Anticipate This!™ | Patent and Trademark Law Blog

Senator Harry Reid on Patent Reform – A Priority For The First Session of 2008.

Posted in General Commentary, Statute Commentary by Jake Ward on January 23, 2008

Via the Tahoe Daily Tribune, majority leader Sen. Harry Reid outlined Democrats’ legislative priorities for the first session of 2008 during a statement on the U.S. Senate floor today.  Regarding patent law reform:

Once we work these issues out, time permitting, we will also turn to two other priorities in this first work period: patent reform and an energy package. On patent reform, we must carefully strike the right balance with a bill that promotes rather than blocks innovation from enterprising entrepreneurs. The energy package consists of dozens of land and water bills that have already passed the House and the Senate Energy committee by overwhelming bipartisan margins. Among these worthy and non-controversial measures are Senator Murray’s ‘wild sky wilderness’ bill, which she has championed now for more than five years.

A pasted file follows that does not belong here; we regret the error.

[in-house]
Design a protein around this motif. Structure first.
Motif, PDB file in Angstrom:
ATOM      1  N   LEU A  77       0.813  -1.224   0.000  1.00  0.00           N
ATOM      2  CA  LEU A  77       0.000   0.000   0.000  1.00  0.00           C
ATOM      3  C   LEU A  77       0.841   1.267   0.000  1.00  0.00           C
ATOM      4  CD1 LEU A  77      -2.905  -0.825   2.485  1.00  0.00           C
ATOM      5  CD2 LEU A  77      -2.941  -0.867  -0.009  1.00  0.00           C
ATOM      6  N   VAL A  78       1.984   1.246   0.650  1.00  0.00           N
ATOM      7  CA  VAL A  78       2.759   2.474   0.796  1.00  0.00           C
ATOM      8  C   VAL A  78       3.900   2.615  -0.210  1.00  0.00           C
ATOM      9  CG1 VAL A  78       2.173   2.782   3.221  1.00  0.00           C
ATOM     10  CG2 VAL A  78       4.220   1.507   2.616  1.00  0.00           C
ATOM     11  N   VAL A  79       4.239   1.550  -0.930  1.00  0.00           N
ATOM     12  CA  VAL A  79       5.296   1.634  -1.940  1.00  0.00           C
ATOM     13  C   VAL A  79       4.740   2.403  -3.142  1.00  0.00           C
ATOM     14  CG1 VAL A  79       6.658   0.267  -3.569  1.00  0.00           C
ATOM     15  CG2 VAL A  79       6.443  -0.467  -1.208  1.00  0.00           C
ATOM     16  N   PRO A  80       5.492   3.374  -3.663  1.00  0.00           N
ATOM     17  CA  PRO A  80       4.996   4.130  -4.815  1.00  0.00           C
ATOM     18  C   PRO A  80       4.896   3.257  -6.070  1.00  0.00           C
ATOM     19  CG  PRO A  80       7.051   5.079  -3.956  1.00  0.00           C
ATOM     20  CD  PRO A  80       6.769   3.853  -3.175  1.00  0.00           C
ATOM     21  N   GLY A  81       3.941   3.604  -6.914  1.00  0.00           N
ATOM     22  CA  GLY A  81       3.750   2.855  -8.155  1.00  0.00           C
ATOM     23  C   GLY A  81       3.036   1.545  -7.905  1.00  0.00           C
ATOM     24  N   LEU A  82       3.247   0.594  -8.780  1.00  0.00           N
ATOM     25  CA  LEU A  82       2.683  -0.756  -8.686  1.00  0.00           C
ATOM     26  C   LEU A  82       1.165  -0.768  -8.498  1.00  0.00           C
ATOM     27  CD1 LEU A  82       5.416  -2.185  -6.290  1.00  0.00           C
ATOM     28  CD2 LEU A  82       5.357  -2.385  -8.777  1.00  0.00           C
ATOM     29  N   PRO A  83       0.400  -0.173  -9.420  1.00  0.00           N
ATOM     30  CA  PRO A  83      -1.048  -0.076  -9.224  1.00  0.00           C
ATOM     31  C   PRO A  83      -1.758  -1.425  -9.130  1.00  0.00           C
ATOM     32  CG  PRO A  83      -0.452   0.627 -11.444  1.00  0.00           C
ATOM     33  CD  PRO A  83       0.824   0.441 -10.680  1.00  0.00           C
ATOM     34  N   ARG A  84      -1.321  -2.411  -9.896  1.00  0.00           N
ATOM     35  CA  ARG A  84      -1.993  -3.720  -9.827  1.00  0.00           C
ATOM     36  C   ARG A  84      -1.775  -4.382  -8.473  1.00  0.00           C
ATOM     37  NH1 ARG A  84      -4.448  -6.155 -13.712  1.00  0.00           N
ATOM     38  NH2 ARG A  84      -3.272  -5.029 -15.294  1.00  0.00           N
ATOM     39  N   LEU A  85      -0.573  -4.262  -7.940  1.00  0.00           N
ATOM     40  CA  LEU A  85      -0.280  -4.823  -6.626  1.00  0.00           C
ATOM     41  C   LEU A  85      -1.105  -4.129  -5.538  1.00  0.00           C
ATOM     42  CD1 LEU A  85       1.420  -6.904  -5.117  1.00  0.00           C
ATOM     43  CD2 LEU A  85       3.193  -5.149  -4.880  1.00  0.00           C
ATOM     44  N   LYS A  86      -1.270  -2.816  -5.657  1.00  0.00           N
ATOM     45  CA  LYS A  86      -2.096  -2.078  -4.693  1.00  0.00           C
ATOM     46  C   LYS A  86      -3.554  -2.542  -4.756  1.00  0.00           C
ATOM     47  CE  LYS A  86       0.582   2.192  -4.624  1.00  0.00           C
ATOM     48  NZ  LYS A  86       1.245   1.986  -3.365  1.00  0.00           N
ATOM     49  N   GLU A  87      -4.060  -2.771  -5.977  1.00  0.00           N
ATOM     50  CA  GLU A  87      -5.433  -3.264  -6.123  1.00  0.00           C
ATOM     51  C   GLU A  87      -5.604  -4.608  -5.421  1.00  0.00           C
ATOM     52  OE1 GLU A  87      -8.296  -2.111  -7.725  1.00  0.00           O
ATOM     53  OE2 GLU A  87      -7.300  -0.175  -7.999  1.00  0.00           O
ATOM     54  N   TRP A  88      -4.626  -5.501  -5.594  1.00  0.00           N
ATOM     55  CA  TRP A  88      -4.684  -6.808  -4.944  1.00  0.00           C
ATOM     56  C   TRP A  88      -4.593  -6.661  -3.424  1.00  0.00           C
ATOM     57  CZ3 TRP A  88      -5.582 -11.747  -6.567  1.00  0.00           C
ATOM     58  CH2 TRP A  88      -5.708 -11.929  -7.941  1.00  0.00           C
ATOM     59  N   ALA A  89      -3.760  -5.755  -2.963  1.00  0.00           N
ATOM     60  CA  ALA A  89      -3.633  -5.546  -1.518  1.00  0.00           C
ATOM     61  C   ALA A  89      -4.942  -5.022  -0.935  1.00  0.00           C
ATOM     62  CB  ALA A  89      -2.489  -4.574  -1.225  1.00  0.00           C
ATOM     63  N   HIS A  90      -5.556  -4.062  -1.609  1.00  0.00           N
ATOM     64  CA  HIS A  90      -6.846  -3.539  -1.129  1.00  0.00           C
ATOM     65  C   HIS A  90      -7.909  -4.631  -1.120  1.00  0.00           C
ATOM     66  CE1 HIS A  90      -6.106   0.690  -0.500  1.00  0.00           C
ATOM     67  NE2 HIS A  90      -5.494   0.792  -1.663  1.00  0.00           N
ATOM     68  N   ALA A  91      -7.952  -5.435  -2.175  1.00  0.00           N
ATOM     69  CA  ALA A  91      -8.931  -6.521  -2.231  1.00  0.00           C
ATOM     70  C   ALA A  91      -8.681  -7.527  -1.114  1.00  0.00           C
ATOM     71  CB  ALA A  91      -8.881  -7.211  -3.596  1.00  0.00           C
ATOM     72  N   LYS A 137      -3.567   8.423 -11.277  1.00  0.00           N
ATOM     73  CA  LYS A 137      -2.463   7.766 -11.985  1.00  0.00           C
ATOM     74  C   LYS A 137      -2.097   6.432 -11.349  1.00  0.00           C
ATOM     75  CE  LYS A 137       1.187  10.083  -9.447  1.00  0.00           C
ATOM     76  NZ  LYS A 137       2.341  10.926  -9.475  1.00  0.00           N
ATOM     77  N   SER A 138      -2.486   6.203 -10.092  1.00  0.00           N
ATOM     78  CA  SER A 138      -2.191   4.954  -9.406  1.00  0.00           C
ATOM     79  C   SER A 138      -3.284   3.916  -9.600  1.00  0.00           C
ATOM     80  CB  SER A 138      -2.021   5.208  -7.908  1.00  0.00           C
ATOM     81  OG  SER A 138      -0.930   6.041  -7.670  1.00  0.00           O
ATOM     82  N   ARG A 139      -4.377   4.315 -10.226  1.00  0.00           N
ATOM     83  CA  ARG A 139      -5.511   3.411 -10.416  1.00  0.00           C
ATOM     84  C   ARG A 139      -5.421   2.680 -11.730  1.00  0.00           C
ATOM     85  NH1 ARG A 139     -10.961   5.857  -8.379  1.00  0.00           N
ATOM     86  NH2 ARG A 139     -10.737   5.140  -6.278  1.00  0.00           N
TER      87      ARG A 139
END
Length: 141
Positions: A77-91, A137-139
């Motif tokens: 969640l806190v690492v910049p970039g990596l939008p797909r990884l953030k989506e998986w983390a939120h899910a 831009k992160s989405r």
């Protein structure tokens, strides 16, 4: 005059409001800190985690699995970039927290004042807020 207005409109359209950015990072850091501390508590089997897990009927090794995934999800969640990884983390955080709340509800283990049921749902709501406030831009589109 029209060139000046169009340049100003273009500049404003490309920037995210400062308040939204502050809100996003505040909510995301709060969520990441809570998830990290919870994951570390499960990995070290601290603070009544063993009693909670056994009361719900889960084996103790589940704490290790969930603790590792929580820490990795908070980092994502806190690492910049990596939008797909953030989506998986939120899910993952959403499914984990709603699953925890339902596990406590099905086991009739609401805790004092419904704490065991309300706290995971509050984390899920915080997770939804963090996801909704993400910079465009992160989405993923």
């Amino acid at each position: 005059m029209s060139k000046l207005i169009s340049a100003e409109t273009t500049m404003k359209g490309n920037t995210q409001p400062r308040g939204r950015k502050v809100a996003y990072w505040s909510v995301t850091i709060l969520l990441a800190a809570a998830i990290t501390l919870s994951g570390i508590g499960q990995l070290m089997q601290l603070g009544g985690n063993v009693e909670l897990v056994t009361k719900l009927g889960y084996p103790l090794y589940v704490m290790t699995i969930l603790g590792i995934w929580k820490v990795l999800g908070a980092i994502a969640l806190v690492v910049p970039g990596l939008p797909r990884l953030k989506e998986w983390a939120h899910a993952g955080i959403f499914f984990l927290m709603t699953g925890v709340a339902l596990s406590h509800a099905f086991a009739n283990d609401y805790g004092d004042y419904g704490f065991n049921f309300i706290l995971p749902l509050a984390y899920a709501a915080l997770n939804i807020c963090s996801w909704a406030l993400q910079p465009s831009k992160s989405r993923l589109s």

If not for the obstruction of just a few Senators, we would have passed these bills last year. I am hopeful that the overwhelming majority of Senators – Democrats and Republicans alike – will have their voices heard this year.

Hat tips to Zura and Patently-O.

See also a previous AT! post on the Draft Committee Report for the Patent Reform Act of 2007 here.

Revised Procedure for an Oath or Declaration.

Posted in Practice Commentary by Jake Ward on January 23, 2008

Per a USPTO press release today: 

If an oath or declaration filed on or after June 1, 2008 does not include the express language set forth in 37 CFR 1.63(b)(3), the Office will object to the oath or declaration as failing to comply with 37 CFR 1.63.  A supplemental oath or declaration pursuant to 37 CFR 1.67 will then be required.

The pertinent section of CFR 1.63 Oath or Declaration states:

(b) In addition to meeting the requirements of paragraph (a) of this section, the oath or declaration must also: . . .

(3) State that the person making the oath or declaration acknowledges the duty to disclose to the Office all information known to the person to be material to patentability as defined in § 1.56.  (Emphasis mine).

Practitioners are hereby put on notice to check and, if necessary, update their oath or declaration forms. 

JW Note:  Rule of thumb in checking your forms: “material to examination” = bad; and “material to patentability” = good.